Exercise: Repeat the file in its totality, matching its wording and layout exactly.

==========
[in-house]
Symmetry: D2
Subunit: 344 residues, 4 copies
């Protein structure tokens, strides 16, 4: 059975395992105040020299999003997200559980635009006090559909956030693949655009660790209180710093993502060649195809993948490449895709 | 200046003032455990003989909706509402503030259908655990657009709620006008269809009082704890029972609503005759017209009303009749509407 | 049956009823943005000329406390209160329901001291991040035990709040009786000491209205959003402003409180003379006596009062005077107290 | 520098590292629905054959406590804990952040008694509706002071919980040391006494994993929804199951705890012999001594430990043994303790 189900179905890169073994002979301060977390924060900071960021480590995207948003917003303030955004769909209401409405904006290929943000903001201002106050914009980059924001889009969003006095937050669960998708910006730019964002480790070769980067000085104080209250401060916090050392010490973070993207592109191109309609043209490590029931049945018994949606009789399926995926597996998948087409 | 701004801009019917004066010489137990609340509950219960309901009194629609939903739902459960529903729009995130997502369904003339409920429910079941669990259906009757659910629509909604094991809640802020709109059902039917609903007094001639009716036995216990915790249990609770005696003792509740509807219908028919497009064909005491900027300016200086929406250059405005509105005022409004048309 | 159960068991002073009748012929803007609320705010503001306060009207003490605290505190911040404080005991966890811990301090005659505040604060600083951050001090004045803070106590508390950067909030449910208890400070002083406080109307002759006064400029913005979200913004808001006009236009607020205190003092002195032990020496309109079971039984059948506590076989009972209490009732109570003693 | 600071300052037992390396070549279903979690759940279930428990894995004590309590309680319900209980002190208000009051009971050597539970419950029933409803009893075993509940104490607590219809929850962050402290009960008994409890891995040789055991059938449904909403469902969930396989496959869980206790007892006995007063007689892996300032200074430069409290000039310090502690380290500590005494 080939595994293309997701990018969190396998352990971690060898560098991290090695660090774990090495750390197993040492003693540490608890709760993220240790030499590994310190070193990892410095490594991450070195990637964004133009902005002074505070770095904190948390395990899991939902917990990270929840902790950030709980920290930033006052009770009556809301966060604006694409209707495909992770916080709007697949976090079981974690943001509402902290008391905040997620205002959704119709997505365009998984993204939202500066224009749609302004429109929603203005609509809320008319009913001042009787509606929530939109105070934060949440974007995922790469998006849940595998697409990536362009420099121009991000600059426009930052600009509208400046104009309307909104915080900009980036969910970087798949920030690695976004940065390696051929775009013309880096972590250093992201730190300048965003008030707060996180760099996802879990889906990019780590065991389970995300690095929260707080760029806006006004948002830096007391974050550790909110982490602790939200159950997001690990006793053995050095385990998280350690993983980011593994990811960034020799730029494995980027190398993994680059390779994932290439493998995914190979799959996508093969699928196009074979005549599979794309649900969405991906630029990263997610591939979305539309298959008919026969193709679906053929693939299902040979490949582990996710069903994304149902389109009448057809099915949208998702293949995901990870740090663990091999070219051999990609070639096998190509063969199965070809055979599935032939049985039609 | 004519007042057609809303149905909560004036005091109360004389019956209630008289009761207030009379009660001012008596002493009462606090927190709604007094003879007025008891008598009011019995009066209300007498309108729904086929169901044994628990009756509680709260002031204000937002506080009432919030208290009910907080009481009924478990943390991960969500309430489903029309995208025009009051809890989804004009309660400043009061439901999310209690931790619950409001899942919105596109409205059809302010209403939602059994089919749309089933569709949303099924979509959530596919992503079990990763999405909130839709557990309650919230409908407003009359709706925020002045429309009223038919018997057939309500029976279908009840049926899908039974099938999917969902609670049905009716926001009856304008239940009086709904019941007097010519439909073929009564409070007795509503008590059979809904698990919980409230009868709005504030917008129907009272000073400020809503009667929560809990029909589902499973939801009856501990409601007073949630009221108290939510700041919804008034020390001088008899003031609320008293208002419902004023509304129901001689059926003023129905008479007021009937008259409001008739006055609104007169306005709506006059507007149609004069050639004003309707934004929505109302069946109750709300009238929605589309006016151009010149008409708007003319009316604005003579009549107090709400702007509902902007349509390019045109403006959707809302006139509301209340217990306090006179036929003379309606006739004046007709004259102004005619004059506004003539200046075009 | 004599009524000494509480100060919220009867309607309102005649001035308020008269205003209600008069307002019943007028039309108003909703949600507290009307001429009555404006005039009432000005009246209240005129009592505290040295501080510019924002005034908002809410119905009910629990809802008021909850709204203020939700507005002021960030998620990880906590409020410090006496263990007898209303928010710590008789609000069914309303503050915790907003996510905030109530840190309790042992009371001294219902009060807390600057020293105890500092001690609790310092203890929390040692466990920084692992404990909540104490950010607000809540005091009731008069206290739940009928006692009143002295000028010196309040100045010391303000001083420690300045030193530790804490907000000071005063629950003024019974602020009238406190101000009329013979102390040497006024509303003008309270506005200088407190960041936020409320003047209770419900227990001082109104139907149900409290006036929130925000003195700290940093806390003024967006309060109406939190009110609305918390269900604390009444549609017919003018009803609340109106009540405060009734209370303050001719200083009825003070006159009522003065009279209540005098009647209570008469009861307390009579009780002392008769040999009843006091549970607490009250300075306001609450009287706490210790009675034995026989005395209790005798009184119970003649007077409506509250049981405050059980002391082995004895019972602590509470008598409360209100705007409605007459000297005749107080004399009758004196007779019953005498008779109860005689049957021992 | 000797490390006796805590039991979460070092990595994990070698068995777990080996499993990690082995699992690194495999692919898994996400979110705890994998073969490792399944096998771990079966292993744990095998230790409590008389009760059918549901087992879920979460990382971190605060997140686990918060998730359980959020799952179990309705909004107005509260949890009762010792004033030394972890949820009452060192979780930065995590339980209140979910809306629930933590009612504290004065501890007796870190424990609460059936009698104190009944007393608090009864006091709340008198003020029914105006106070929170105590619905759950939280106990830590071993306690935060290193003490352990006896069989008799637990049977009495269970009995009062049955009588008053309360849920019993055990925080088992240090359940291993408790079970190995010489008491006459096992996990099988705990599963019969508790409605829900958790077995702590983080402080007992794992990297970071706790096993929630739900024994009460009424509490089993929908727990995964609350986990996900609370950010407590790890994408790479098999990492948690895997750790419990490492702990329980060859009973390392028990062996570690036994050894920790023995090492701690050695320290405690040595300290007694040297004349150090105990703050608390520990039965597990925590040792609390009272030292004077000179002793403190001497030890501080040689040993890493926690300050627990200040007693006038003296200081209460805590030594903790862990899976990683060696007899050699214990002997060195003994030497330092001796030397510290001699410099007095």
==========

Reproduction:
[in-house]
Symmetry: D2
Subunit: 344 residues, 4 copies
């Protein structure tokens, strides 16, 4: 059975395992105040020299999003997200559980635009006090559909956030693949655009660790209180710093993502060649195809993948490449895709 | 200046003032455990003989909706509402503030259908655990657009709620006008269809009082704890029972609503005759017209009303009749509407 | 049956009823943005000329406390209160329901001291991040035990709040009786000491209205959003402003409180003379006596009062005077107290 | 520098590292629905054959406590804990952040008694509706002071919980040391006494994993929804199951705890012999001594430990043994303790 189900179905890169073994002979301060977390924060900071960021480590995207948003917003303030955004769909209401409405904006290929943000903001201002106050914009980059924001889009969003006095937050669960998708910006730019964002480790070769980067000085104080209250401060916090050392010490973070993207592109191109309609043209490590029931049945018994949606009789399926995926597996998948087409 | 701004801009019917004066010489137990609340509950219960309901009194629609939903739902459960529903729009995130997502369904003339409920429910079941669990259906009757659910629509909604094991809640802020709109059902039917609903007094001639009716036995216990915790249990609770005696003792509740509807219908028919497009064909005491900027300016200086929406250059405005509105005022409004048309 | 159960068991002073009748012929803007609320705010503001306060009207003490605290505190911040404080005991966890811990301090005659505040604060600083951050001090004045803070106590508390950067909030449910208890400070002083406080109307002759006064400029913005979200913004808001006009236009607020205190003092002195032990020496309109079971039984059948506590076989009972209490009732109570003693 | 600071300052037992390396070549279903979690759940279930428990894995004590309590309680319900209980002190208000009051009971050597539970419950029933409803009893075993509940104490607590219809929850962050402290009960008994409890891995040789055991059938449904909403469902969930396989496959869980206790007892006995007063007689892996300032200074430069409290000039310090502690380290500590005494 080939595994293309997701990018969190396998352990971690060898560098991290090695660090774990090495750390197993040492003693540490608890709760993220240790030499590994310190070193990892410095490594991450070195990637964004133009902005002074505070770095904190948390395990899991939902917990990270929840902790950030709980920290930033006052009770009556809301966060604006694409209707495909992770916080709007697949976090079981974690943001509402902290008391905040997620205002959704119709997505365009998984993204939202500066224009749609302004429109929603203005609509809320008319009913001042009787509606929530939109105070934060949440974007995922790469998006849940595998697409990536362009420099121009991000600059426009930052600009509208400046104009309307909104915080900009980036969910970087798949920030690695976004940065390696051929775009013309880096972590250093992201730190300048965003008030707060996180760099996802879990889906990019780590065991389970995300690095929260707080760029806006006004948002830096007391974050550790909110982490602790939200159950997001690990006793053995050095385990998280350690993983980011593994990811960034020799730029494995980027190398993994680059390779994932290439493998995914190979799959996508093969699928196009074979005549599979794309649900969405991906630029990263997610591939979305539309298959008919026969193709679906053929693939299902040979490949582990996710069903994304149902389109009448057809099915949208998702293949995901990870740090663990091999070219051999990609070639096998190509063969199965070809055979599935032939049985039609 | 004519007042057609809303149905909560004036005091109360004389019956209630008289009761207030009379009660001012008596002493009462606090927190709604007094003879007025008891008598009011019995009066209300007498309108729904086929169901044994628990009756509680709260002031204000937002506080009432919030208290009910907080009481009924478990943390991960969500309430489903029309995208025009009051809890989804004009309660400043009061439901999310209690931790619950409001899942919105596109409205059809302010209403939602059994089919749309089933569709949303099924979509959530596919992503079990990763999405909130839709557990309650919230409908407003009359709706925020002045429309009223038919018997057939309500029976279908009840049926899908039974099938999917969902609670049905009716926001009856304008239940009086709904019941007097010519439909073929009564409070007795509503008590059979809904698990919980409230009868709005504030917008129907009272000073400020809503009667929560809990029909589902499973939801009856501990409601007073949630009221108290939510700041919804008034020390001088008899003031609320008293208002419902004023509304129901001689059926003023129905008479007021009937008259409001008739006055609104007169306005709506006059507007149609004069050639004003309707934004929505109302069946109750709300009238929605589309006016151009010149008409708007003319009316604005003579009549107090709400702007509902902007349509390019045109403006959707809302006139509301209340217990306090006179036929003379309606006739004046007709004259102004005619004059506004003539200046075009 | 004599009524000494509480100060919220009867309607309102005649001035308020008269205003209600008069307002019943007028039309108003909703949600507290009307001429009555404006005039009432000005009246209240005129009592505290040295501080510019924002005034908002809410119905009910629990809802008021909850709204203020939700507005002021960030998620990880906590409020410090006496263990007898209303928010710590008789609000069914309303503050915790907003996510905030109530840190309790042992009371001294219902009060807390600057020293105890500092001690609790310092203890929390040692466990920084692992404990909540104490950010607000809540005091009731008069206290739940009928006692009143002295000028010196309040100045010391303000001083420690300045030193530790804490907000000071005063629950003024019974602020009238406190101000009329013979102390040497006024509303003008309270506005200088407190960041936020409320003047209770419900227990001082109104139907149900409290006036929130925000003195700290940093806390003024967006309060109406939190009110609305918390269900604390009444549609017919003018009803609340109106009540405060009734209370303050001719200083009825003070006159009522003065009279209540005098009647209570008469009861307390009579009780002392008769040999009843006091549970607490009250300075306001609450009287706490210790009675034995026989005395209790005798009184119970003649007077409506509250049981405050059980002391082995004895019972602590509470008598409360209100705007409605007459000297005749107080004399009758004196007779019953005498008779109860005689049957021992 | 000797490390006796805590039991979460070092990595994990070698068995777990080996499993990690082995699992690194495999692919898994996400979110705890994998073969490792399944096998771990079966292993744990095998230790409590008389009760059918549901087992879920979460990382971190605060997140686990918060998730359980959020799952179990309705909004107005509260949890009762010792004033030394972890949820009452060192979780930065995590339980209140979910809306629930933590009612504290004065501890007796870190424990609460059936009698104190009944007393608090009864006091709340008198003020029914105006106070929170105590619905759950939280106990830590071993306690935060290193003490352990006896069989008799637990049977009495269970009995009062049955009588008053309360849920019993055990925080088992240090359940291993408790079970190995010489008491006459096992996990099988705990599963019969508790409605829900958790077995702590983080402080007992794992990297970071706790096993929630739900024994009460009424509490089993929908727990995964609350986990996900609370950010407590790890994408790479098999990492948690895997750790419990490492702990329980060859009973390392028990062996570690036994050894920790023995090492701690050695320290405690040595300290007694040297004349150090105990703050608390520990039965597990925590040792609390009272030292004077000179002793403190001497030890501080040689040993890493926690300050627990200040007693006038003296200081209460805590030594903790862990899976990683060696007899050699214990002997060195003994030497330092001796030397510290001699410099007095």